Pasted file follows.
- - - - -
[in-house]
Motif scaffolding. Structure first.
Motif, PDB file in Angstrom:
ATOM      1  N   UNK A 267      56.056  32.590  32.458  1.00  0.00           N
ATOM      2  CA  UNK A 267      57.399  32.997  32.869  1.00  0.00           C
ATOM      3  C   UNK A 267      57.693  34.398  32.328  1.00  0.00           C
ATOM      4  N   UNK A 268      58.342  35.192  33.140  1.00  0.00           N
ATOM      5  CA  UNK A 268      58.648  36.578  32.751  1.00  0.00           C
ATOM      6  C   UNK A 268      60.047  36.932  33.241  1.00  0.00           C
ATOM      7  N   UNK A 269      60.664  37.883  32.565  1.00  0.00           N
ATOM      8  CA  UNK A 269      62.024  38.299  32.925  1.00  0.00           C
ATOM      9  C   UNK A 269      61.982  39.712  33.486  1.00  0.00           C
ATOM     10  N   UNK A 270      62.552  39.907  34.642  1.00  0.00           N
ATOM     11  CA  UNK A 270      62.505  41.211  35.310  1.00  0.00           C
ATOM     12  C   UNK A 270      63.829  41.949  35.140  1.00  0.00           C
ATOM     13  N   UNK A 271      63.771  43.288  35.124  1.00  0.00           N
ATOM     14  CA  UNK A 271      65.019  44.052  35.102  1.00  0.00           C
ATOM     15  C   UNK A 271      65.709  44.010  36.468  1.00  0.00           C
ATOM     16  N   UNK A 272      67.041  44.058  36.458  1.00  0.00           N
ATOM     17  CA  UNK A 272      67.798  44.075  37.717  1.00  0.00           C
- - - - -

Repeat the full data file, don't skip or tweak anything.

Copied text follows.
[in-house]
Motif scaffolding. Structure first.
Motif, PDB file in Angstrom:
ATOM      1  N   UNK A 267      56.056  32.590  32.458  1.00  0.00           N
ATOM      2  CA  UNK A 267      57.399  32.997  32.869  1.00  0.00           C
ATOM      3  C   UNK A 267      57.693  34.398  32.328  1.00  0.00           C
ATOM      4  N   UNK A 268      58.342  35.192  33.140  1.00  0.00           N
ATOM      5  CA  UNK A 268      58.648  36.578  32.751  1.00  0.00           C
ATOM      6  C   UNK A 268      60.047  36.932  33.241  1.00  0.00           C
ATOM      7  N   UNK A 269      60.664  37.883  32.565  1.00  0.00           N
ATOM      8  CA  UNK A 269      62.024  38.299  32.925  1.00  0.00           C
ATOM      9  C   UNK A 269      61.982  39.712  33.486  1.00  0.00           C
ATOM     10  N   UNK A 270      62.552  39.907  34.642  1.00  0.00           N
ATOM     11  CA  UNK A 270      62.505  41.211  35.310  1.00  0.00           C
ATOM     12  C   UNK A 270      63.829  41.949  35.140  1.00  0.00           C
ATOM     13  N   UNK A 271      63.771  43.288  35.124  1.00  0.00           N
ATOM     14  CA  UNK A 271      65.019  44.052  35.102  1.00  0.00           C
ATOM     15  C   UNK A 271      65.709  44.010  36.468  1.00  0.00           C
ATOM     16  N   UNK A 272      67.041  44.058  36.458  1.00  0.00           N
ATOM     17  CA  UNK A 272      67.798  44.075  37.717  1.00  0.00           C